Tuesday, September 16, 2014

Book Review: David James Poissant's The Heaven of Animals

David James Poissant’s collection of stories, The Heaven of Animals, stands out as a pleasant surprise in a summer of constant reading. As corny as it may sound, the collection is one of the best short story collections I have read in a long time. Poinssant takes a no holds barred approach where no topic is too mundane, strange, or off limits. His prose is crisp, clean, and easy to follow. The writing flows through the brain, but this is not to say it is poor or homogenized, but rather that he has a talent for using a literary scalpel. Every word counts, every word has a purpose.

The stories themselves focus on discomfort, on the mundane, on the realities of existence that many experience, but few detail. It is here we find the random alligator caged on a dead man’s porch, one engorged and weakened by human love, and in said experience we know that taking that animal away and releasing it into the wild is the only logical solution as found in “Lizard Man.” Later, Possiant confronts death head on in “How to Watch Your Husband Die,” and this tale avoids the morbidity of cancer in lieu of focusing on the spouse. Thus, we experience death from the other side, and in doing so the reader can see the selfish truths often ignored by popular media. Even as such emotions waste away, one cannot help but side with and understand her reactions to not just cancer, but the fact that her husband’s smoking brought the disease on in the first place. These emotions are real, and while often viewed as cowardice, they are far too common to be ignored.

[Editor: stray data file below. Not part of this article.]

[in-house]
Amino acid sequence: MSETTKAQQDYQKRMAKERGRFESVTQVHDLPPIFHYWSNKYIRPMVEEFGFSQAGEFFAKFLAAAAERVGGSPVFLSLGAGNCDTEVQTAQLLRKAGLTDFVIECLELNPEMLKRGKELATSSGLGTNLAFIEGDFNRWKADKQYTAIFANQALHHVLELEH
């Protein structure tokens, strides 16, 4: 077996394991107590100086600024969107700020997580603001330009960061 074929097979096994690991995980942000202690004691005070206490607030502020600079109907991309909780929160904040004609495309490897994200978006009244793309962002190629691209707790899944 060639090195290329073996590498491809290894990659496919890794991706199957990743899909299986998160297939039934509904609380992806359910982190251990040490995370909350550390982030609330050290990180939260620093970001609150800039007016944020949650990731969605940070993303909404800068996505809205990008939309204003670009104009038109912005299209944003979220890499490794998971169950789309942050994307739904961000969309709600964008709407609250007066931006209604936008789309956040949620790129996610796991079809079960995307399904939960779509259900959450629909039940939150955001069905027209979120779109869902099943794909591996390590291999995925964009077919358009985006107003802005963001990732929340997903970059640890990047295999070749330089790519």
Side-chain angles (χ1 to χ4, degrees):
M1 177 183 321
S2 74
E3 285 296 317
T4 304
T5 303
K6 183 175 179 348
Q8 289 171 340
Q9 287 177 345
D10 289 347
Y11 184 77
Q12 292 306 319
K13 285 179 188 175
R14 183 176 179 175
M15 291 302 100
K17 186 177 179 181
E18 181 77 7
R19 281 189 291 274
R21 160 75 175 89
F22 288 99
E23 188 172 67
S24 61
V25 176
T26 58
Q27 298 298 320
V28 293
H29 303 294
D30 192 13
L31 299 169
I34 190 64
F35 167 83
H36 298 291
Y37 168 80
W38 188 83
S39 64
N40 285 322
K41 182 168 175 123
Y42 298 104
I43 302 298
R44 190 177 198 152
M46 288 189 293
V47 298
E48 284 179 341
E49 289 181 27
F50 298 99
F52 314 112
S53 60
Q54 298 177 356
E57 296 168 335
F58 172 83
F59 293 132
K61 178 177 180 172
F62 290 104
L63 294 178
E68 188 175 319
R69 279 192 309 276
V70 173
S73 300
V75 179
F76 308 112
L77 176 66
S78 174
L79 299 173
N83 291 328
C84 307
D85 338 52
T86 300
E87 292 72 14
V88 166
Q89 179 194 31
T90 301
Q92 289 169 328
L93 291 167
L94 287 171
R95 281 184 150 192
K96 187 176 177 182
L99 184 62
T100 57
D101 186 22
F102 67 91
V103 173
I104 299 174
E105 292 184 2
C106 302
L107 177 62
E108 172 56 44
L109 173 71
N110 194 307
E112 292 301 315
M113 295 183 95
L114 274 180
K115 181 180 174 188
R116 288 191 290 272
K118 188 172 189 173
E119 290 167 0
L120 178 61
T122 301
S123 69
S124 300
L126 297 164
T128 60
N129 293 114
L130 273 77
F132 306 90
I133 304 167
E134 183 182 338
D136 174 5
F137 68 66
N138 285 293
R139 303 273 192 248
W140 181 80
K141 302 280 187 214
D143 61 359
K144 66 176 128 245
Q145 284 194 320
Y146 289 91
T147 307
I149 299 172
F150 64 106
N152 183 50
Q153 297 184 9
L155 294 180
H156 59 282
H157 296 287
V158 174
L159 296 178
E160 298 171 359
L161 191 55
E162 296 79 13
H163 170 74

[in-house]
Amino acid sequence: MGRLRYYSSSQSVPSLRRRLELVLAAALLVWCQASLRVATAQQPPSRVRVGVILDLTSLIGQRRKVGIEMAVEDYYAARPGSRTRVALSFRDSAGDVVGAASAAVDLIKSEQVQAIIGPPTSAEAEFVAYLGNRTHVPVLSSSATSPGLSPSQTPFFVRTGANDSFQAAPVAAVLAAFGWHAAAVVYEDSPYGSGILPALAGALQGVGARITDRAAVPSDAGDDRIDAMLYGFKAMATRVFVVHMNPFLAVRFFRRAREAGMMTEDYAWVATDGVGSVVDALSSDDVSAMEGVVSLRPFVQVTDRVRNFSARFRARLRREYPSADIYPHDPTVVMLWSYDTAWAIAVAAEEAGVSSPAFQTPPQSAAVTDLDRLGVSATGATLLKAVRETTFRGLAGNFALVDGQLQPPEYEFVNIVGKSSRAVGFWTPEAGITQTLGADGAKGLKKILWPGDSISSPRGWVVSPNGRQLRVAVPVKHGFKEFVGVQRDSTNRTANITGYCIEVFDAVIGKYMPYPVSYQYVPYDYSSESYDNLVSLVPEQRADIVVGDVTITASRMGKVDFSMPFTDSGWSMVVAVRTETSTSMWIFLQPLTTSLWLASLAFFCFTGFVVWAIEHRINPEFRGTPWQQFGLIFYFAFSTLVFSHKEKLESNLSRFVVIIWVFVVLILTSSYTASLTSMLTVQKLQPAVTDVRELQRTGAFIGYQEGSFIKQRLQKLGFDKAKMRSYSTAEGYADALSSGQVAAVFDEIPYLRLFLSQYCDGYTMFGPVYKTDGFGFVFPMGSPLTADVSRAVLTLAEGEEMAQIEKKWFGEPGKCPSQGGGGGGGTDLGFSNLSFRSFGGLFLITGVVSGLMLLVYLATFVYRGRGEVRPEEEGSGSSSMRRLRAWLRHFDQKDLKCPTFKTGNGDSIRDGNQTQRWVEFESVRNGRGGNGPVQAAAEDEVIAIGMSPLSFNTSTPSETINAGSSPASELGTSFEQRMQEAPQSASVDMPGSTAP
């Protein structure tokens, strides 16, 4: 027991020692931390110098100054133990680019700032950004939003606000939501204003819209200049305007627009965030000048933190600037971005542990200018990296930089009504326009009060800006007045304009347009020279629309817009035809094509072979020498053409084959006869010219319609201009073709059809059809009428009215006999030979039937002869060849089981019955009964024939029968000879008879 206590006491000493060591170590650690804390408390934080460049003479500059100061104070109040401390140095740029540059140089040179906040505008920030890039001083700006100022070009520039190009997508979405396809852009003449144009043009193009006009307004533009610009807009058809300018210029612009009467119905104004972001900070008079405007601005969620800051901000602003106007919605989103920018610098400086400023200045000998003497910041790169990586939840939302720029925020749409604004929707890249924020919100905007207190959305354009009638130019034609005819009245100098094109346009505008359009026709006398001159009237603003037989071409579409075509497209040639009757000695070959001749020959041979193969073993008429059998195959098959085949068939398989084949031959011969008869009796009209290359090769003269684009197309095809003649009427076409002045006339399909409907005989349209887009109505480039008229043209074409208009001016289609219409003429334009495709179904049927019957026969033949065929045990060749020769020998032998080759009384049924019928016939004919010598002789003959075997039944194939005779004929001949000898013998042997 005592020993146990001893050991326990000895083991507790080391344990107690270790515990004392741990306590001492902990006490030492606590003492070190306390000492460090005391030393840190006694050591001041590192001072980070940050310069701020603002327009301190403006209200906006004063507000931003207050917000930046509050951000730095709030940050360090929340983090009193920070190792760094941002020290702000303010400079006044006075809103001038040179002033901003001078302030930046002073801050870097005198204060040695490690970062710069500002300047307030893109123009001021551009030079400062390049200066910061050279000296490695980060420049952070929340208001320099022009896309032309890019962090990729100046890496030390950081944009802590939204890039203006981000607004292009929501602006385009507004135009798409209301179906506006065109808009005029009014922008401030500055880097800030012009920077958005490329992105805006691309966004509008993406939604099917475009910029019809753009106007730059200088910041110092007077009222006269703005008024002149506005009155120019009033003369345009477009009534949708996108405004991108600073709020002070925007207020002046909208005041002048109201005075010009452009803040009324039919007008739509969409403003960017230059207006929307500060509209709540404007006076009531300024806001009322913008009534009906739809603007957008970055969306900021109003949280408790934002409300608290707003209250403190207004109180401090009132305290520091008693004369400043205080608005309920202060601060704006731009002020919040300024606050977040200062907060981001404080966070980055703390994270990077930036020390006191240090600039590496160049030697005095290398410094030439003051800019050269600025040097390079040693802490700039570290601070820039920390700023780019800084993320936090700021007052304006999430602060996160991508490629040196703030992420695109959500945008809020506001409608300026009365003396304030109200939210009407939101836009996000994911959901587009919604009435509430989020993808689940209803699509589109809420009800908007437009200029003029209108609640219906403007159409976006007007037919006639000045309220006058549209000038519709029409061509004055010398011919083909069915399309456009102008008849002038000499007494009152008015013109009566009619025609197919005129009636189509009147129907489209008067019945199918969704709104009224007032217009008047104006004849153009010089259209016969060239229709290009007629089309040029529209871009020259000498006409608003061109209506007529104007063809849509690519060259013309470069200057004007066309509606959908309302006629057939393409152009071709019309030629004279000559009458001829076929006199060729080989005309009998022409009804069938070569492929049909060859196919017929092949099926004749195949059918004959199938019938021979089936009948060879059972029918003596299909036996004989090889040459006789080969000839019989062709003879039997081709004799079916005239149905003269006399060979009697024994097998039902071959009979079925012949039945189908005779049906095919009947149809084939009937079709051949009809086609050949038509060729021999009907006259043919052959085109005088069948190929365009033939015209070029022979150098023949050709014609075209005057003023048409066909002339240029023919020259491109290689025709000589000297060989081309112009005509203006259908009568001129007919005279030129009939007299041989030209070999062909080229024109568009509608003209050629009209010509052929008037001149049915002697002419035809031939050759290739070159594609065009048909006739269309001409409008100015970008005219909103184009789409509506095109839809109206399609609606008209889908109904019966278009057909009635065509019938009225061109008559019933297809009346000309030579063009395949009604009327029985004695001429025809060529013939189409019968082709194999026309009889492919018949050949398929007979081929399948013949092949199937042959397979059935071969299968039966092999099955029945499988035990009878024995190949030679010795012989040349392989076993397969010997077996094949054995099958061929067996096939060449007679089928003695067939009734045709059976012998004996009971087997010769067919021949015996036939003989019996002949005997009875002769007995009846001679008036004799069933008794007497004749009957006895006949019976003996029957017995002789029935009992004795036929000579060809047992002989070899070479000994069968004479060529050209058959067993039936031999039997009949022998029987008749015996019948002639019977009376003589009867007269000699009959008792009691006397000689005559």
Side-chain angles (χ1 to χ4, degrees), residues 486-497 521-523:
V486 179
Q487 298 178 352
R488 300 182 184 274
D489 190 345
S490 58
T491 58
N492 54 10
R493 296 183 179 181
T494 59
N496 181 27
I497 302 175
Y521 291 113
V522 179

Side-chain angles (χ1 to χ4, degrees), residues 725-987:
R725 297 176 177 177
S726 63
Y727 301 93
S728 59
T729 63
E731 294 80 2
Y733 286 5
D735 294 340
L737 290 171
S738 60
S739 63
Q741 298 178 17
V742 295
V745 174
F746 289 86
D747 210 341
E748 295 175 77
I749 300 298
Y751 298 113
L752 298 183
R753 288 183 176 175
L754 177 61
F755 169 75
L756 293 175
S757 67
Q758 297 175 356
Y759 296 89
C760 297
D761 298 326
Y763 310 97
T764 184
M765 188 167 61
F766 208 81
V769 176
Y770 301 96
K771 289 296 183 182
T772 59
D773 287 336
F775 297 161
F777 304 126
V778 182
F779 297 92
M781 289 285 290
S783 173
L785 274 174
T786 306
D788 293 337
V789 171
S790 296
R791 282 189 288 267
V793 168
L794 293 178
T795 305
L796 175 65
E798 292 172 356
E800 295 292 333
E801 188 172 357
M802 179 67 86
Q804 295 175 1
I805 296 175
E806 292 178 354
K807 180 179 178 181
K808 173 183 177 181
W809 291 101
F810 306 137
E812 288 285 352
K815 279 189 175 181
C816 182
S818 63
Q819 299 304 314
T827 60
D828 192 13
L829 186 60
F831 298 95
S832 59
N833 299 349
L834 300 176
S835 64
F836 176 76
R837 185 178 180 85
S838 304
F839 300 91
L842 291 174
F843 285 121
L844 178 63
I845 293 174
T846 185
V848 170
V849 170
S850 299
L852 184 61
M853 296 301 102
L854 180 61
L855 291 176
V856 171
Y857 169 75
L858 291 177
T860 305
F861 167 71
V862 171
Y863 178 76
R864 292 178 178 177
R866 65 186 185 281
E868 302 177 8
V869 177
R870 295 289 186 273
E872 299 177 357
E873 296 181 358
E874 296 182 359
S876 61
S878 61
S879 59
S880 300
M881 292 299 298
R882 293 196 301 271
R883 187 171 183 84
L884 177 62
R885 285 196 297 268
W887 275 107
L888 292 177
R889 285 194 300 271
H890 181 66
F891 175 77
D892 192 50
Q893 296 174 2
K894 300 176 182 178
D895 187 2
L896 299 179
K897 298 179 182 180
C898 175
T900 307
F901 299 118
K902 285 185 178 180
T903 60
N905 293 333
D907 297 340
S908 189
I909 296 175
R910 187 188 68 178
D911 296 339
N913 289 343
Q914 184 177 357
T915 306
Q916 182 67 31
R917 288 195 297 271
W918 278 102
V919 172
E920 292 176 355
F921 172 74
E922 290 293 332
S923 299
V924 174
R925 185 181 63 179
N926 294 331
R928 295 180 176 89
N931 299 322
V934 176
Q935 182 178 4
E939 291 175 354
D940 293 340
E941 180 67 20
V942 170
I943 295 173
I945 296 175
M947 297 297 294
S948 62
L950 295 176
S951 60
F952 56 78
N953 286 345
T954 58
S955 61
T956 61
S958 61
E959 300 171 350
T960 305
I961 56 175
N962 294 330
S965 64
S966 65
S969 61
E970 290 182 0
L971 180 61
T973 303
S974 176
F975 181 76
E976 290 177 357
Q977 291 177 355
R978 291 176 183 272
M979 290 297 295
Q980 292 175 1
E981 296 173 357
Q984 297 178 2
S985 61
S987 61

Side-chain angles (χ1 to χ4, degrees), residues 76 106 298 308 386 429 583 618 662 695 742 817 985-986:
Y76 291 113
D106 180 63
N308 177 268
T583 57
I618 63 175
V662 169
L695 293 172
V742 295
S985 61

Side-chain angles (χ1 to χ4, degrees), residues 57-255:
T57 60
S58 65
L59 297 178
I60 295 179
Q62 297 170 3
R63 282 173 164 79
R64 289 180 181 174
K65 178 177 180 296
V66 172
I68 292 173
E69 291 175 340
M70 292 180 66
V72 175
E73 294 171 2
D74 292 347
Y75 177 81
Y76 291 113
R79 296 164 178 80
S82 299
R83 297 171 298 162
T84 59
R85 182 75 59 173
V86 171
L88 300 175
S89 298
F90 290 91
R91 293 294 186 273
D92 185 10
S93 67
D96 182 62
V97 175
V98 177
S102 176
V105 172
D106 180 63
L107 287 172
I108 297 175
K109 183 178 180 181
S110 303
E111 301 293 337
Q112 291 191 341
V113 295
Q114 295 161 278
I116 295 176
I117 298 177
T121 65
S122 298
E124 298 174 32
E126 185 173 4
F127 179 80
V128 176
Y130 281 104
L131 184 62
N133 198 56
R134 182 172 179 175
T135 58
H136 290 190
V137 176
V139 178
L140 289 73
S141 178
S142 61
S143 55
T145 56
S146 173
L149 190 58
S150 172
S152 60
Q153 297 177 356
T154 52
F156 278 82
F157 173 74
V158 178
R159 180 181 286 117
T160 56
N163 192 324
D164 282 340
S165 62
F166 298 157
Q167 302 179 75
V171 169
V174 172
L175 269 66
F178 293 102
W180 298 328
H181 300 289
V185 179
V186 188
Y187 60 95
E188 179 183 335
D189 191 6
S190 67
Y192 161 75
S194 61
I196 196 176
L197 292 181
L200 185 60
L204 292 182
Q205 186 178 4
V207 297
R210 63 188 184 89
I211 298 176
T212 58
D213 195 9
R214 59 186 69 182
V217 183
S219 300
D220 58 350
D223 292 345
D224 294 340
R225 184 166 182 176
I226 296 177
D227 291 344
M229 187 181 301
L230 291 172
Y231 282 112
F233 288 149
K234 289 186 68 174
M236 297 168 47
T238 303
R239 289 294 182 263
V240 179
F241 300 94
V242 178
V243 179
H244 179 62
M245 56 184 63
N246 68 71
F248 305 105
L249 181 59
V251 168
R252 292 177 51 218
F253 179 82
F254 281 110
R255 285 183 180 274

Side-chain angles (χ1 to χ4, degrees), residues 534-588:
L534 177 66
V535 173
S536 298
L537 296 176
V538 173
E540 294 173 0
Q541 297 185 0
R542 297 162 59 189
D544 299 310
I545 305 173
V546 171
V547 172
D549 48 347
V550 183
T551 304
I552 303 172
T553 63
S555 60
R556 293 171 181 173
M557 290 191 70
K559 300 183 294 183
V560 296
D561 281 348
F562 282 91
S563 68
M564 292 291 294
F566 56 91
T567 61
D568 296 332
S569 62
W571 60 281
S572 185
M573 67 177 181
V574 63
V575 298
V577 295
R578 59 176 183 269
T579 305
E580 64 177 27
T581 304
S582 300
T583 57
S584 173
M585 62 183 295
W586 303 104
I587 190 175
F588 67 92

As noted above, the collection proves that awkwardness is abound. What happens when a derelict man in his late twenties finds himself in a promiscuous and precarious situation with a teenage girl that resembles his ex-wife in every way sans her missing arm? How does one carry on an affair with your cousin, while married, while spending time with each other’s families, while sneaking around Middle America? Can a relationship perceiver after you run over your girlfriend’s dog, the dog you hate and hates you? What happens when teenage boys are forced to grow up by a prank that goes wrong? Can they still be friends despite the destructive secret that is now bound to separate them? Such questions are common in the world Possiant paints, the world in which we live. The world which you owe it to yourself to read about.

Favorite lines:

  • “Work was work. What Brig found fulfilling was a Whopper, a six-pack, and HBO, the well-acted shows that were almost-but-not-quite pornography. You couldn’t watch porn and still feel good about yourself, but HBO walked the tightrope, and, afterward, you felt sophisticated”
  • “We talk in our sleep, and so do the deaf. Nights I snuck into my father’s room, his hands worked over his chest, signing. It was the language of dreams, incomprehensible, but it was gorgeous. His hands rose and fell like birds with his breathing.”
  • “The stairwell smelled like paint and character education. Each wall was plastered with artwork, the deformed dogs and amputated cats childhood rendered in finger paints.”

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